How Carrie Lam secures her legitimacy to rule

December 20, 2019 17:04
Chief Executive Carrie Lam, shown here at a press conference in Beijing on Monday, has received expressions of support from the state leaders amid the ongoing unrest in Hong Kong. Photo: AFP

On Monday, Chief Executive Carrie Lam Cheng Yuet-ngor went to Beijing to meet with President Xi Jinping and Premier Li Keqiang to report on the current situation in Hong Kong and the SAR administration’s work.

Perhaps what is most noteworthy about the remarks of Xi and Li is that they have both elevated the “degree of grimness” of the ongoing situation in Hong Kong.

While Xi, for the first time, described Hong Kong as being in a “special period”, Li said our city is in an unprecedentedly severe and complicated situation, and that it is still facing difficulties.

State media didn’t touch on how exactly Beijing is going to guide Hong Kong out of its current woes.

And like in her previous duty visits to Beijing, perhaps what people would have the deepest impression about Lam’s trip this time is her pledge of allegiance to the central authorities, as well as the repeated expression of support by the state leaders for her and the SAR government.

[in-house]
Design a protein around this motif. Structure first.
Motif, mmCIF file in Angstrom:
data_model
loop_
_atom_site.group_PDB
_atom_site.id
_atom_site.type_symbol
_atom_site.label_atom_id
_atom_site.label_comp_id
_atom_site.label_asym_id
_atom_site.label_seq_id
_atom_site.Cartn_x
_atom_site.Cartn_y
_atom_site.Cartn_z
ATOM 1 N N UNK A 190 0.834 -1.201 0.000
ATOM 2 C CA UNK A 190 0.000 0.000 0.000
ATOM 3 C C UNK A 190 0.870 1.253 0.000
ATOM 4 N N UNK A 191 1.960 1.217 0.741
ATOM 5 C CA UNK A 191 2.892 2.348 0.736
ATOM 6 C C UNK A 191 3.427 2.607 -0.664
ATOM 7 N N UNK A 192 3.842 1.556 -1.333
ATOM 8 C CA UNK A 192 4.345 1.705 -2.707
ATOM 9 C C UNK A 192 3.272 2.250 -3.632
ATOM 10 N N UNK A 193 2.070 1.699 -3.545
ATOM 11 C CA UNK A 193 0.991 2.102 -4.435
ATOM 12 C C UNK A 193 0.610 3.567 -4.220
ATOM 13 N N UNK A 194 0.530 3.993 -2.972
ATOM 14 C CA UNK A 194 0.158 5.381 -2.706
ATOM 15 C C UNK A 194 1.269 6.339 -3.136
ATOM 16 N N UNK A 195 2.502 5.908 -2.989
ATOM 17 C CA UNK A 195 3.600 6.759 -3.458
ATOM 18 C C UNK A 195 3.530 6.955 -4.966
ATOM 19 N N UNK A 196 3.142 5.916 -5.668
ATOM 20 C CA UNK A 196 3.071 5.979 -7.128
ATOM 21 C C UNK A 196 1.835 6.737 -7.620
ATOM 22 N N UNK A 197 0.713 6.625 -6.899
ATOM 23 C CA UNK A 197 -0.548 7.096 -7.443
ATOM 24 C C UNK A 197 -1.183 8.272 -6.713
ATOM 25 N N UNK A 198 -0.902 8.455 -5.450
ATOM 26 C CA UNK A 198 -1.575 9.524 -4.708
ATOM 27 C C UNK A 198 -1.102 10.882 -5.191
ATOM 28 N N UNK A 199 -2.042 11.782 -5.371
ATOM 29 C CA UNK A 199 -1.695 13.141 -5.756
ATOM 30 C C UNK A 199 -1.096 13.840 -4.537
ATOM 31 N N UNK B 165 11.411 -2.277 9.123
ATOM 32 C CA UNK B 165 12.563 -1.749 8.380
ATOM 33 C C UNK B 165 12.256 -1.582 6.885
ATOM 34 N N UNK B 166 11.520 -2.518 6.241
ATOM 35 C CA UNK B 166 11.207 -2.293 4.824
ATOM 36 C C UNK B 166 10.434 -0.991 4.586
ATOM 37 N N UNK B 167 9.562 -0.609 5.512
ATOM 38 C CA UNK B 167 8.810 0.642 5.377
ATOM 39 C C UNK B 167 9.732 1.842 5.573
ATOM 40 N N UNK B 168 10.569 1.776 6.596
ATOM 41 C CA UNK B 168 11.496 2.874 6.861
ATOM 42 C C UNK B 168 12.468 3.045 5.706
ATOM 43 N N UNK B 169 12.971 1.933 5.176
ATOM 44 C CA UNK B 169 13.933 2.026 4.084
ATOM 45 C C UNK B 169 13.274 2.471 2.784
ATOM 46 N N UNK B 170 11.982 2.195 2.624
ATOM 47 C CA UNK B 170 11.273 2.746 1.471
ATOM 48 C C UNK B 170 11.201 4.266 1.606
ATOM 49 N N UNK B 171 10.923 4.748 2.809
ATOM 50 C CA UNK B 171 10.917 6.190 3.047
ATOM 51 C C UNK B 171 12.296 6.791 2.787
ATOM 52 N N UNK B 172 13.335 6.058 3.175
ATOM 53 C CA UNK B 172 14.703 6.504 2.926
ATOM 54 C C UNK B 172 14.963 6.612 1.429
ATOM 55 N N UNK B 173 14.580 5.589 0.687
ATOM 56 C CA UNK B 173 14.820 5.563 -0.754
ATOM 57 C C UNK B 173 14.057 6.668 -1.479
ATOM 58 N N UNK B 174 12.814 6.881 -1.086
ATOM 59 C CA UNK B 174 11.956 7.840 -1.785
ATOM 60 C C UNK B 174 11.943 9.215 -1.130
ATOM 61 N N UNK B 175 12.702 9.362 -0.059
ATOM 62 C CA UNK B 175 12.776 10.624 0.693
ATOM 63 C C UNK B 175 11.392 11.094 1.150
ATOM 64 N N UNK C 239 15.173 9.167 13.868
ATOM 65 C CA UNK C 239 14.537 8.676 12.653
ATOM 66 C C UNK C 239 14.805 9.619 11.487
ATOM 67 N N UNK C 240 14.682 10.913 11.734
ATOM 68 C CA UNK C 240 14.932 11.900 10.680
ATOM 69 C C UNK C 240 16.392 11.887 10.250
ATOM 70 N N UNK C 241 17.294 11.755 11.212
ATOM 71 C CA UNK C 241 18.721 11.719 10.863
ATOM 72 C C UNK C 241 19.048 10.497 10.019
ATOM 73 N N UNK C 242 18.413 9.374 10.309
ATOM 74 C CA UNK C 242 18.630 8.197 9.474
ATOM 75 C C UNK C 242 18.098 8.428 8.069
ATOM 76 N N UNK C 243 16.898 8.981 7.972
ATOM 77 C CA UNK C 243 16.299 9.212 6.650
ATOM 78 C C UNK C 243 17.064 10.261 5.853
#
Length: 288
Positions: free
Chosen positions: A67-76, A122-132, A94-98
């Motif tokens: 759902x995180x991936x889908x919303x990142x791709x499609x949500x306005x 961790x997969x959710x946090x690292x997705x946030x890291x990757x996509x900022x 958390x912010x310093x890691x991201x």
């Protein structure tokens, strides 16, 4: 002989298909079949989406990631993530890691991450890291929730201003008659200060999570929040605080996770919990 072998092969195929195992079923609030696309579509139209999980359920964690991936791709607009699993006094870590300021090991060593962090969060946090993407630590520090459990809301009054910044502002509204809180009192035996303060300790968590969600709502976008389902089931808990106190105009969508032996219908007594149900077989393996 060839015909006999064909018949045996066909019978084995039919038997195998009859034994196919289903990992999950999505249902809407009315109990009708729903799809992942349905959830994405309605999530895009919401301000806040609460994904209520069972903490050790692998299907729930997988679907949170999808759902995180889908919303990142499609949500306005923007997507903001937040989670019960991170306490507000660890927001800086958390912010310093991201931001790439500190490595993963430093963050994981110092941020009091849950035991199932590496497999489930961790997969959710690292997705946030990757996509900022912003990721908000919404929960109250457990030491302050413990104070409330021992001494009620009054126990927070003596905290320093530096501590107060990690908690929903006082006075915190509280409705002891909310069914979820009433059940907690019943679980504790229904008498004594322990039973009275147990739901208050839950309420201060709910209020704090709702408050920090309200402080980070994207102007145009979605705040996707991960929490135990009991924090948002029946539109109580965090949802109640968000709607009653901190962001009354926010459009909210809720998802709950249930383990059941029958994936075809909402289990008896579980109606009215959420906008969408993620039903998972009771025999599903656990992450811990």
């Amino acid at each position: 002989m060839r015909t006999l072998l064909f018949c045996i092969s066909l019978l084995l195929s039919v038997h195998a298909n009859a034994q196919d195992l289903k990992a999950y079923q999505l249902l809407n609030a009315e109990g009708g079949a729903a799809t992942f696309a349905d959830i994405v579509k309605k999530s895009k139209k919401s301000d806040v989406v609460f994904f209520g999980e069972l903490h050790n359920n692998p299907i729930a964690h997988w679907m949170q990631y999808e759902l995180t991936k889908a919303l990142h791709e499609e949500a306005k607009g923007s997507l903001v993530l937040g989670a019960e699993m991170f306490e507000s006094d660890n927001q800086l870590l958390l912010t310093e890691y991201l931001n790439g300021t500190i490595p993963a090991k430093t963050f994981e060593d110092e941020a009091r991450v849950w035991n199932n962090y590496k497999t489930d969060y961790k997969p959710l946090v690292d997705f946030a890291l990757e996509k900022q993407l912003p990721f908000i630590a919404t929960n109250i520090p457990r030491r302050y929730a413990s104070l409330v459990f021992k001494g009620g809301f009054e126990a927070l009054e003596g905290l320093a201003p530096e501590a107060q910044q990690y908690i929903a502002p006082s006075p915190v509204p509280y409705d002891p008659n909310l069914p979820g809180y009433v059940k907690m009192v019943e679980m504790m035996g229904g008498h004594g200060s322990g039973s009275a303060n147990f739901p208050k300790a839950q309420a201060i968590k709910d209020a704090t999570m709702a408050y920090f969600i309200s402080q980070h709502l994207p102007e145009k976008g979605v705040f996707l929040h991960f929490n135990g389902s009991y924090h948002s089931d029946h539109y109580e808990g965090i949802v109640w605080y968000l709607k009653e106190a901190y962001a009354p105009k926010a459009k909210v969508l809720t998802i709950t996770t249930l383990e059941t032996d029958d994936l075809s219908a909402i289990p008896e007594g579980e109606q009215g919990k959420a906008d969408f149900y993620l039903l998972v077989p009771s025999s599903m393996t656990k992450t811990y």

With mainland China witnessing a return to the leftist track in recent years, it has already become routine for local and provincial government officials to publicly pledge allegiance and express their “heartfelt” gratitude to their Beijing bosses.

And party propaganda mouthpieces quote such compliments heaped on state leaders.

Under the Basic Law, the chief executive is accountable to both the central government and the Hong Kong SAR.

However, the reality is that the legitimacy for Lam to serve as our city’s leader doesn’t come from the Basic Law or the mandate of the Hong Kong people, but from the central authorities’ support as a reward for her allegiance.

And this explains why she has remained in her position or, at least for the time being, she has not been held accountable, despite the tide of public opinion in Hong Kong turning overwhelmingly against her and the crushing defeat of the pro-establishment camp in the recent District Council elections.

As such, until there is a real accountability mechanism in place, the Basic Law provisions about the chief executive being accountable to the HKSAR will only exist on paper – and mainstream public opinion will continue to be ignored.

This article appeared in the Hong Kong Economic Journal on Dec 19

Translation by Alan Lee 

[Chinese version 中文版]

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HKEJ columnist

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